Manning School of Business student Shaymus Dunn knew he’d get plenty of real-world experience during his summer accounting internship at EverQuote, an online insurance marketplace headquartered in Cambridge, Mass.
Standing on the floor of the NASDAQ stock exchange in New York City during the company’s initial public offering, or IPO, was an added bonus.
“I’ve always been interested in the stock market, but to experience it firsthand is something I never expected I’d get to do,” says Dunn, a junior business administration major with a concentration in accounting and a minor in psychology. “It was really awesome.”
A native of Lowell, Dunn thought he wanted to get out of his hometown for college. But after one semester at UMass Amherst, he had second thoughts and transferred to UML. As a commuter student living at home, he found ways to be involved on campus by joining the Accounting Society and Beta Gamma Sigma. He also worked as a front desk associate in the business school.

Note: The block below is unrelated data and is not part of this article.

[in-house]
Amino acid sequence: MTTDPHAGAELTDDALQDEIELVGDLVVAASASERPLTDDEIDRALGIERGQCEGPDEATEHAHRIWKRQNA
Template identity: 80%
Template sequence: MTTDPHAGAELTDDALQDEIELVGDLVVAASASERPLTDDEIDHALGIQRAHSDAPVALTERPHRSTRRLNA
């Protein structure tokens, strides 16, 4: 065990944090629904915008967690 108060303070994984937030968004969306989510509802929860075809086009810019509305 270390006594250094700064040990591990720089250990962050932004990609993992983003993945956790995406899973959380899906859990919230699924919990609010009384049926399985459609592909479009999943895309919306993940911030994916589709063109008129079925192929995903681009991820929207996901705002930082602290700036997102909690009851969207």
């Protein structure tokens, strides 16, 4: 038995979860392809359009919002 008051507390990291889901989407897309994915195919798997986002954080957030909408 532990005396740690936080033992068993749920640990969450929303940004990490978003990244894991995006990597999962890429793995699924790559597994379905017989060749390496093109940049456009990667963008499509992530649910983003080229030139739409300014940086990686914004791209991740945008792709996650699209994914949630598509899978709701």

During his full-time internship at EverQuote, Dunn learned about accounts receivable, including running reports on open accounts and collecting payments from customers. He also assisted with several projects as part of the IPO filing.
“I lucked out with this internship. I gained a lot of experience that I don’t think I would have elsewhere,” says Dunn, who learned about the opportunity from Assoc. Prof. of Accounting Stefanie Tate. One of her master of science in accounting students, Nam Dinh, is a controller at EverQuote and was Dunn’s boss.
Standing on the NASDAQ floor as the EverQuote leadership team rang the opening bell, Dinh encouraged Dunn to look around and absorb the moment.
“It’s an overwhelming place,” Dunn says of the trading floor. “There’s a lot going on at once.”
Dunn, who plans to pursue a career in public accounting, already has an auditing internship lined up for next summer at RSM in Boston.
“Internships give you experience that you can’t get in the classroom,” Dunn says. “And you’re also taking what you learned in the classroom and applying it to real-life work. It works both ways.”